food plot,
Parched: A Wisconsin trophy searches for better browse.. Lance Krueger

How to cope with parched plots and a lack of rain.

● Your plot is a dry dustbowl and plants aren’t growing.

● Seeds need moisture to germinate and rainfall to grow. Late summer, when most plots are planted, is often brutally dry in much of the country, turning perennial plots brown and stunting or killing plants. Getting seeds to germinate is difficult, and newly emerged shoots often wither.

● Plant seeds that grow with minimal moisture: chicory, alfalfa, birdsfoot trefoil, small burnet, wheat, red clover, lablab, and Eagle soybeans. Buy seed mixes that have moisture-holding coatings, like Whitetail Institute’s RainBond. Find spots such as northeast-facing slopes where plants receive maximum morning and midday sun when it’s cool, and the least amount of hot late-afternoon sun. Locate plots adjacent to tall trees bordering the south and west. They’ll block the harshest late-day sun.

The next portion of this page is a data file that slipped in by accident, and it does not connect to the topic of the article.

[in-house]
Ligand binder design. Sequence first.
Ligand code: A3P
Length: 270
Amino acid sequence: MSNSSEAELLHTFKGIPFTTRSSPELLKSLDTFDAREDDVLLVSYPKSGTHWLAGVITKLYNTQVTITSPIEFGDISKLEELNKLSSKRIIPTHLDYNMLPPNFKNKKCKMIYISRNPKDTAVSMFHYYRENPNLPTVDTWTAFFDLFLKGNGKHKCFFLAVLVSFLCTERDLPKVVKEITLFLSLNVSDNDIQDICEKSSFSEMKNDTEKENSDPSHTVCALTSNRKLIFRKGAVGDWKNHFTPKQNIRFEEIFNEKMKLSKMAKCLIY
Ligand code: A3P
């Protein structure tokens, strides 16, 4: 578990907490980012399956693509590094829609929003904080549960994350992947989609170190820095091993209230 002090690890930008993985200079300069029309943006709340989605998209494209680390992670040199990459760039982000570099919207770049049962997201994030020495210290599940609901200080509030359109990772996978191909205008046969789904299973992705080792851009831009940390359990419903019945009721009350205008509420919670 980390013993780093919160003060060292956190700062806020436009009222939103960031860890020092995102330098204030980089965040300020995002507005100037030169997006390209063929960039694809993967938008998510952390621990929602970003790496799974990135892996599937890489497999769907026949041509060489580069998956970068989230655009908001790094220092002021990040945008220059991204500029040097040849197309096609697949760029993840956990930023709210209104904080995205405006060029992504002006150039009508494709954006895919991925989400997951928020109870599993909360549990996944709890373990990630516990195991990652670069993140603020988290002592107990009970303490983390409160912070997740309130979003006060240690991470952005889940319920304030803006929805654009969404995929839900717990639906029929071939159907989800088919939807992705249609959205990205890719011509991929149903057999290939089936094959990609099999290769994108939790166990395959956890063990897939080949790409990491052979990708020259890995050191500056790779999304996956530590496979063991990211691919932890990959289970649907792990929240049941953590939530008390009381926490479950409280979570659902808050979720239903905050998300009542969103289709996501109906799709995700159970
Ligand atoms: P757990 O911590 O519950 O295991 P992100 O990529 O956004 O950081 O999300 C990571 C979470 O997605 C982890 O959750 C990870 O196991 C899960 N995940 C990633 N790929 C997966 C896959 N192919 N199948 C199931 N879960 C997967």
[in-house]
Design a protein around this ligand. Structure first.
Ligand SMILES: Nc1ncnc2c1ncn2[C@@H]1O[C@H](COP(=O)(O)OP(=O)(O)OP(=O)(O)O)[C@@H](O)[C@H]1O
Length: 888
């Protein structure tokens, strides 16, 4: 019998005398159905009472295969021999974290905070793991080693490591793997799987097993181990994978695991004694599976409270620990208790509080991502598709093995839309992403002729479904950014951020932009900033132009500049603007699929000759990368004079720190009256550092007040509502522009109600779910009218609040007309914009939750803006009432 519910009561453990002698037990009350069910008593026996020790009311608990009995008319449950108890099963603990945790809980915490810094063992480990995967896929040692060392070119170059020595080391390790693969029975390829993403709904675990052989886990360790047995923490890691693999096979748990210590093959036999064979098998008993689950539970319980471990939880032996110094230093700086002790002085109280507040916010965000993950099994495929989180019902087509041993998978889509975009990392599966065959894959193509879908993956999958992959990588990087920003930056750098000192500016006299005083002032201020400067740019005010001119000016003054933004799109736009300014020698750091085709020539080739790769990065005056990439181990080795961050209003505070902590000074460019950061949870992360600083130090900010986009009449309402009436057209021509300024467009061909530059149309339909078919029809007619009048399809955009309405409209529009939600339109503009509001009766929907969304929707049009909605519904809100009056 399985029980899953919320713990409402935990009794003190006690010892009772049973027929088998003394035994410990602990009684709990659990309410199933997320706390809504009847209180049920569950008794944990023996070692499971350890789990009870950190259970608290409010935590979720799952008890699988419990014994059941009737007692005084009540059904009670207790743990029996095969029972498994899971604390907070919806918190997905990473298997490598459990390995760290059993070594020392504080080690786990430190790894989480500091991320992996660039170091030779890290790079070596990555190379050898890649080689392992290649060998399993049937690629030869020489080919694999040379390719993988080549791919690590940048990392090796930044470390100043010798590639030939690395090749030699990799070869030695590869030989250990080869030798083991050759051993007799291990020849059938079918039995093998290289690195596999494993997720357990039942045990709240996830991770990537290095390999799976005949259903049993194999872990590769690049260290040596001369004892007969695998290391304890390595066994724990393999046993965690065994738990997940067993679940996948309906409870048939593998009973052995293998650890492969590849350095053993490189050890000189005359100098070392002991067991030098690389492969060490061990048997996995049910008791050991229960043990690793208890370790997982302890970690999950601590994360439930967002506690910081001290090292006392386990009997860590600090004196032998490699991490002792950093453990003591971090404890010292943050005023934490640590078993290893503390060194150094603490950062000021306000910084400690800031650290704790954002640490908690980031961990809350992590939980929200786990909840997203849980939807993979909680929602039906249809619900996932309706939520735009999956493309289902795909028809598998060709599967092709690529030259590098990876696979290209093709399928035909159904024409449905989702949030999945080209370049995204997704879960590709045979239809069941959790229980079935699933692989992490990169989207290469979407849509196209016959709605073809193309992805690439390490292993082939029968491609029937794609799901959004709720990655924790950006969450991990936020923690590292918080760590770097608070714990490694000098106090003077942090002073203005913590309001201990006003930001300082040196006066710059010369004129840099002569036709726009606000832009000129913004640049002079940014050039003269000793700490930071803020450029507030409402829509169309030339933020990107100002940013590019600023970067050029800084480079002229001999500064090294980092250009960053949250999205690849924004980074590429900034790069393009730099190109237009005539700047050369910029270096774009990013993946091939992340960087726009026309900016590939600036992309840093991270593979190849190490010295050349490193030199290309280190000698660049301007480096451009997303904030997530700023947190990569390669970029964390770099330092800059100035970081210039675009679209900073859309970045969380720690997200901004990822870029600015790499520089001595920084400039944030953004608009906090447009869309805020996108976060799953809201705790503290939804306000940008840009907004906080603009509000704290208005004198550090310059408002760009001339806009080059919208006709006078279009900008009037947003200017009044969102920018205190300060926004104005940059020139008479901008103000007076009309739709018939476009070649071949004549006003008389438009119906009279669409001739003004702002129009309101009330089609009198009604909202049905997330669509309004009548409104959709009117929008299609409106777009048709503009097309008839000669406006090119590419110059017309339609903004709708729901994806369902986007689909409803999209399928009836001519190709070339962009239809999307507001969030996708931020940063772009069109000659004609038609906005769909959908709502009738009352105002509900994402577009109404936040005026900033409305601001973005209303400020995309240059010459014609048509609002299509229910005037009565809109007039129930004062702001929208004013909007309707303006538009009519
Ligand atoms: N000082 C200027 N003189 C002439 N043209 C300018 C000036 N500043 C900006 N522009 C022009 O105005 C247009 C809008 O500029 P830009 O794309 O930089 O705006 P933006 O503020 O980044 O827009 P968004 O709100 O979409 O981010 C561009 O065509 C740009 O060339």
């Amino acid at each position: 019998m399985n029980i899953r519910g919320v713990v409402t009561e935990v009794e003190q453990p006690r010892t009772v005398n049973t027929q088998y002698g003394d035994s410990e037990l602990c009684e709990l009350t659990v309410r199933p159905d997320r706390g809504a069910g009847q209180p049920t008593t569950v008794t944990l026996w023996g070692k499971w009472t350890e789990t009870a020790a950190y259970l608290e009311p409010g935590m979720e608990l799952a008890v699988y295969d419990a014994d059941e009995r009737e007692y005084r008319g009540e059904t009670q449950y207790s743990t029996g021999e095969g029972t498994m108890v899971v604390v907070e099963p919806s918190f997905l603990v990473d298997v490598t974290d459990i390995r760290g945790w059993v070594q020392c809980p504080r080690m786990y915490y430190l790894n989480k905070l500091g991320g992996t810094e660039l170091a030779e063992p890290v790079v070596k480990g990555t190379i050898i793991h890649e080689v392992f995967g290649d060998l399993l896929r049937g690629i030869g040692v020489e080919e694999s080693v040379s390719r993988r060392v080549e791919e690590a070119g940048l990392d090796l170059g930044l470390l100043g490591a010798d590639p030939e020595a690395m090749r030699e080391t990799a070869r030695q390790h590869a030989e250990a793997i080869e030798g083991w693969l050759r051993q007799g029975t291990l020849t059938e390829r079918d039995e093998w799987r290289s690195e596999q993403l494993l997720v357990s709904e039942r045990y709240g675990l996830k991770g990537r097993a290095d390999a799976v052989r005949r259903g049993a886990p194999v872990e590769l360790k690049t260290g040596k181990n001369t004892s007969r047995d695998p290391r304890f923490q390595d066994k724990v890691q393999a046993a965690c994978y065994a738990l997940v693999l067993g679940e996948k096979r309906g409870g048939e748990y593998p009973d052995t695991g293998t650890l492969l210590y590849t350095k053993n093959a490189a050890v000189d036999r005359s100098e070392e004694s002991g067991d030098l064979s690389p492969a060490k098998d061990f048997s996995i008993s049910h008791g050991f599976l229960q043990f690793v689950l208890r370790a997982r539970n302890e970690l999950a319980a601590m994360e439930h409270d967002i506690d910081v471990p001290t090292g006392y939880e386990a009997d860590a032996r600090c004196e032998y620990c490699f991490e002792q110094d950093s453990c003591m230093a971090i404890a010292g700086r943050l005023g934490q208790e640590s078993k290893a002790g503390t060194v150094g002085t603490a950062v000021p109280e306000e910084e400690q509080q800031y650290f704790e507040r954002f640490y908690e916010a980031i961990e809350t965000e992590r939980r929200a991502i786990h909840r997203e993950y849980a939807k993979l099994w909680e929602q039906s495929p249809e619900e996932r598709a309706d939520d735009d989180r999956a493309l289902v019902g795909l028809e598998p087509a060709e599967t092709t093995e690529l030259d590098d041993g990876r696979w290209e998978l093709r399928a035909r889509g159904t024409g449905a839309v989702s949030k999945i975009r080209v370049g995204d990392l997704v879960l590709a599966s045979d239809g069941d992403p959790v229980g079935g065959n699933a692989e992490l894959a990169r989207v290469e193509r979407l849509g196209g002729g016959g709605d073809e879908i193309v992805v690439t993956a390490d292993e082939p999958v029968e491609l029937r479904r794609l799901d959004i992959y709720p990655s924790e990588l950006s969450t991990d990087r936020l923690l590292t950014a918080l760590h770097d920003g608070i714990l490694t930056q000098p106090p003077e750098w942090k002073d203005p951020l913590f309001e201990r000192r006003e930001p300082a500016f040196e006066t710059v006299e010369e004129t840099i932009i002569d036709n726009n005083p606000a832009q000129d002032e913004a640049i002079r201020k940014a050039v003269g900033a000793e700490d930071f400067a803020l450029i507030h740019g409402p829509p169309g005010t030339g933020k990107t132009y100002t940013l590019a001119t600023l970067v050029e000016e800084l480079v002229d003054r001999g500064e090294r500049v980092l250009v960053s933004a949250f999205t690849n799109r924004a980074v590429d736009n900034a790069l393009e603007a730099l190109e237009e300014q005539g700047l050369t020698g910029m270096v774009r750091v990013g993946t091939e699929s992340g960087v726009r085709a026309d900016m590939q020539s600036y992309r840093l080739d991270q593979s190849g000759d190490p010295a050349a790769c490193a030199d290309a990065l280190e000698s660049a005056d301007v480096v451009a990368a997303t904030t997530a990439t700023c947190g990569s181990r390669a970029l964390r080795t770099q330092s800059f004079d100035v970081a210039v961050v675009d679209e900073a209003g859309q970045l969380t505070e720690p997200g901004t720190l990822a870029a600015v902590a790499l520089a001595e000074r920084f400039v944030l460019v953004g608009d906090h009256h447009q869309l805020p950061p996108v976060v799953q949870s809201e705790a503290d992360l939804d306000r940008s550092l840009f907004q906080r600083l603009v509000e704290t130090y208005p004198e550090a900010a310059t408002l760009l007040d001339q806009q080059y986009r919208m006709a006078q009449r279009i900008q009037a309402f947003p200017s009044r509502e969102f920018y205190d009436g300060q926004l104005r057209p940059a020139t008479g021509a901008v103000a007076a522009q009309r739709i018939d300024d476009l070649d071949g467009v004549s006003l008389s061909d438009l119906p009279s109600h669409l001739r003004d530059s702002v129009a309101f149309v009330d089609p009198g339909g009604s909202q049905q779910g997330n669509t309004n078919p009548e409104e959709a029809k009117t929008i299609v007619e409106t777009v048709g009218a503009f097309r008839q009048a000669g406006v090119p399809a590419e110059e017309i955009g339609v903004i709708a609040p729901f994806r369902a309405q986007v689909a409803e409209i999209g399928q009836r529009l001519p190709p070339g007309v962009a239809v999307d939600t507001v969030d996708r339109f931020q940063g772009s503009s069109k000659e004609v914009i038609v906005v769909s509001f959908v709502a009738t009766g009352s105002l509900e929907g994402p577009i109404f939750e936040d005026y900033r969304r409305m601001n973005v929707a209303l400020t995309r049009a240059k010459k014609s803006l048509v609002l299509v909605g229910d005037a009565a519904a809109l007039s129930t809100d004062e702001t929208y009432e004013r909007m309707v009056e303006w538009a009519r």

● Plant in bottomlands that hold moisture, near ponds, streams, and spring seeps. Lay out the plots in linear shapes to take advantage of shade from surrounding trees. Plant just before a rain to give the seeds the best chance of sprouting. If drought is persistent, consider drilling a well and running sprinklers on plots, or setting up a pump and irrigation system from a lake or pond. Big​­ has setups starting at $995. I use a spare well and $14 circular sprinklers from Walmart connected to as many as a dozen 50-foot garden hoses to water plots in dry times. They won’t replace rain but can save the plot until it arrives.